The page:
How to choose the right ISO

Especially when new to photography the ISO is the one thing that is really confusing everyone. I remember when I started with photography a few years back, I always struggled to set the ISO correctly and often ended up with pictures that were grainy and not very pleasant to look at. 

In this blog I will give you a short inside on how to set your ISO and what questions you should ask yourself in the process of doing so, 

What actually is the ISO?

Theoretically the ISO is the best parameter of the so called exposure triangle. which also includes Aperture and Shutter Speed.

Back in the days ISO, which states 'Organisation for Standardisation', was used in film and was an indicator on how light sensitive a film was. Nowadays the ISO is used as a way to determine the light sensitivity of the camera's digital sensor. In most cameras the ISO starts with 100, in some cases also at 50, and extends up to 250.000, depending on the camera. It can be said, that the lower the number, than the less sensitive is your camera to light. This also applies conversely, the higher the ISO number, the more light sensitive the sensor. 

Why do I need to know about the ISO

ISO can be extremely useful in all kinds of different situation, especially when there is a lack of  light or in cases where you can't use your flash for the shot, you can just increase the ISO and you'll get the shot you wanted. 

As stated above, theoretically the ISO is the best parameter of the three, as you could always get the exposure you wanted without having to worry about blurred images while i.e. taking a shot handheld, but there is one huge downside. Using high ISO creates noise. Just check out the picture below. 


Looking at the picture, you will quickly find, that the right side doesn't look any good. Generally we can say, that you should always aim to set your ISO as low as possible, unless you want your images to look moody and grainy of course. 

What questions should you ask yourself before setting the ISO?

(Content Inspired by Darren Rowse)

There is many question you can ask yourself before setting the ISO of your camera. Down below are some of these, which I am always asking myself before taking a shot.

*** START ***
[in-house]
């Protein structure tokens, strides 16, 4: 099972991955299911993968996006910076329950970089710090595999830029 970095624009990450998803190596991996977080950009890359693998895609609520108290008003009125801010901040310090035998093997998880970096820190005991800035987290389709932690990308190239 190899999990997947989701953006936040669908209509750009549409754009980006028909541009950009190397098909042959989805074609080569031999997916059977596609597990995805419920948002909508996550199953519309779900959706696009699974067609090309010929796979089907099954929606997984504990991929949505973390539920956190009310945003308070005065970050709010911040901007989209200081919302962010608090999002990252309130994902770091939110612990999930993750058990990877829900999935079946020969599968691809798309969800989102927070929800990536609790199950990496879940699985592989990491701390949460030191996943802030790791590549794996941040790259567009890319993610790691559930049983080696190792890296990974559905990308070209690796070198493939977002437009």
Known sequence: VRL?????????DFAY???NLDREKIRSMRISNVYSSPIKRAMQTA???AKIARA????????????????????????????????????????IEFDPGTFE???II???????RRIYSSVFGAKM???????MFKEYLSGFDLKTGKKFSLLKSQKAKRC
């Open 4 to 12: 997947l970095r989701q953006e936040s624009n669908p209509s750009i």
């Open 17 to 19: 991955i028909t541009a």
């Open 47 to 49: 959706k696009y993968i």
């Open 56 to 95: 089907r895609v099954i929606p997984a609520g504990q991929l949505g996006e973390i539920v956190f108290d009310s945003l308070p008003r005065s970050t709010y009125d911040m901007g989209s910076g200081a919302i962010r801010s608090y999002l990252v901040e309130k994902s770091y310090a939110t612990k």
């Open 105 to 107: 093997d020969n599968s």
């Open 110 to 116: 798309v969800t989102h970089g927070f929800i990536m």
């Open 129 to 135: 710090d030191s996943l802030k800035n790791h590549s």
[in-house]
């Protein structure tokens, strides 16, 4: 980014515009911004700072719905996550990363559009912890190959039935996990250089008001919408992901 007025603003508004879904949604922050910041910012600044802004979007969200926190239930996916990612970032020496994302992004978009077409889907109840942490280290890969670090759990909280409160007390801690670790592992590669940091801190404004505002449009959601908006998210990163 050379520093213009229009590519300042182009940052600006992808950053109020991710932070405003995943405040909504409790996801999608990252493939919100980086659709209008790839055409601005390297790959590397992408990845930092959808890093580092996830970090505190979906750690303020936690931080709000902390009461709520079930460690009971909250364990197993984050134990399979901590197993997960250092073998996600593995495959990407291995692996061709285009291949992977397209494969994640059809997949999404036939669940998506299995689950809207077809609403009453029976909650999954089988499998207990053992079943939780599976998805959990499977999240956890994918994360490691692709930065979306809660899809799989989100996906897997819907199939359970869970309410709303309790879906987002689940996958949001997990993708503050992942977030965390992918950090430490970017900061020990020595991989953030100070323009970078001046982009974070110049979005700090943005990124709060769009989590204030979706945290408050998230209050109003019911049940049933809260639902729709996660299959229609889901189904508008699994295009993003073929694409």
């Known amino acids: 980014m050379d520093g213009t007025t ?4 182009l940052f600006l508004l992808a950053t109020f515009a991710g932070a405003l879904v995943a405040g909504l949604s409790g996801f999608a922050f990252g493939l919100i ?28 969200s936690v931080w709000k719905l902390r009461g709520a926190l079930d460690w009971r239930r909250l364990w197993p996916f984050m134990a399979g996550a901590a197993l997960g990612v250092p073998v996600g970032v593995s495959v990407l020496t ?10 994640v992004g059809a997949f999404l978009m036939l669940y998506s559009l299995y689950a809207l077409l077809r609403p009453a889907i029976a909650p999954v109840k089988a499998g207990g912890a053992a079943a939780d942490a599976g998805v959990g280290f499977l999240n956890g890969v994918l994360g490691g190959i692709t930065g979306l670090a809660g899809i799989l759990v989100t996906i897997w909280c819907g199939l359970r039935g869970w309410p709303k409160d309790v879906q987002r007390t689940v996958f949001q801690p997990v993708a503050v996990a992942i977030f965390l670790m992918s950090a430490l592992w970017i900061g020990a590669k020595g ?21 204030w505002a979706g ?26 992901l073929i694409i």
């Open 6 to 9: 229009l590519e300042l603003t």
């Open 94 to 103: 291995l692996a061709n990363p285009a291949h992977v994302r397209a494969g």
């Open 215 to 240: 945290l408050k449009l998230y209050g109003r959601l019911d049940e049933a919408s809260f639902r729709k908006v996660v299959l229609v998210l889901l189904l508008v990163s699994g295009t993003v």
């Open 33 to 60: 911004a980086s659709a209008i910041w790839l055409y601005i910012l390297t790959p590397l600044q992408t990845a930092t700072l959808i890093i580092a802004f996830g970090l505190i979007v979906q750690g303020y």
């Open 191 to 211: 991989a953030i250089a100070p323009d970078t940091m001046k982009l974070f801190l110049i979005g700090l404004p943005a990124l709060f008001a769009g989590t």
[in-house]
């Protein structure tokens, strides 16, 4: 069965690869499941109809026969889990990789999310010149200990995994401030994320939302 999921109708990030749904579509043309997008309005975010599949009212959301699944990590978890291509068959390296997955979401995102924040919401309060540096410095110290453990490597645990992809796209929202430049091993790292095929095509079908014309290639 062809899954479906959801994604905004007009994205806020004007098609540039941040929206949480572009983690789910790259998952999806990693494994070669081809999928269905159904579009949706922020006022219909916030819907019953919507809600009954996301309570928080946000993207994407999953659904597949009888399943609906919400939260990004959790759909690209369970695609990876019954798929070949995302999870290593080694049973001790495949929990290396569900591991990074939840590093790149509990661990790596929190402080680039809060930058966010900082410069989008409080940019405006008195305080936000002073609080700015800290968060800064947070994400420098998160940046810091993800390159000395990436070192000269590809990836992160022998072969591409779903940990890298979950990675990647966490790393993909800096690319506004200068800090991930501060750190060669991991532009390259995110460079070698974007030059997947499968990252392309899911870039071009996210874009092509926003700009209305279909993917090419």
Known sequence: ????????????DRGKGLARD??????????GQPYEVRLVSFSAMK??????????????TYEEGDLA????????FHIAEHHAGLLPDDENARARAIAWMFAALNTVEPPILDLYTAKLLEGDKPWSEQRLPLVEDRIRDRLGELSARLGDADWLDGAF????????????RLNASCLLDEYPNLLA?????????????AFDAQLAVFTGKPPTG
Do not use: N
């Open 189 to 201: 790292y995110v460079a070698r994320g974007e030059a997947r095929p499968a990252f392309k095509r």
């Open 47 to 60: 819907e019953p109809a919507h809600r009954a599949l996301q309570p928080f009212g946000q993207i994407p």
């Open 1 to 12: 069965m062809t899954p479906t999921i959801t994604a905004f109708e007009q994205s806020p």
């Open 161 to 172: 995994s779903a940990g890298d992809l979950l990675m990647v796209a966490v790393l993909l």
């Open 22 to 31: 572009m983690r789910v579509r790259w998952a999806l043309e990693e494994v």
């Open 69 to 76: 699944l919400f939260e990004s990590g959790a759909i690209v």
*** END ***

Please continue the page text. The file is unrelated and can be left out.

• Is my object still or is it moving?

The fact that an object or a person is is still or moving can make a huge impact on how you set up your ISO. Especially if it is still and you are shooting on a tripod, you can lower your ISO down all the way and rather decrease your shutter speed instead. 

  • Shallow depth of field or deep depth of field?

Do you want to have the whole image in focus and sharp or do you want out of focus areas/seperate foreground and background. Especially if you don't need a sharp and in focus image through out, you could really consider lowering your f-stop instead. 

  • Can I use a light source?

You should always ask yourself, if you can use a light source to light your scene in order to reduce the ISO. When indoors, you could for example just turn on the light or when shooting outside you could take flashlight (I always carry around 3 flashlights for my night-photography)

  • Do you want to print your images big? 

If you wish to print your images large, then a noisy image is no good. If your only shooting for instagram or facebook, your images will only be displayed very small and you will most likely even get away with a very noise image. 

  • Am I shooting handheld? 

Last but not least, the most important question you will have to ask yourself! If you are shooing handheld in a bad light situation, there is almost no way around using a high ISO. On the other side, when shooting on a tripod you can happily drop the ISO down all the way. 




How post processing can help you out? 

These days, there is a lot of great software around and almost every photo editing program has the ability to identify and remove noise. 

To showcase this, I have used the same picture as above and just imported it into Lightroom and pushed the Noise Reduction to 100%. Check it out below. Click to enlarge for better detail!!

As you can see, Lightroom did a great job at making the picture a little more pleasant to look at. Even though image quality decreased a little, I personally think this image looks way better now and I wouldn't hesitate a second to post this on my instagram. 


Was this helpful to you? Are you still confused? Leave me a comment down below!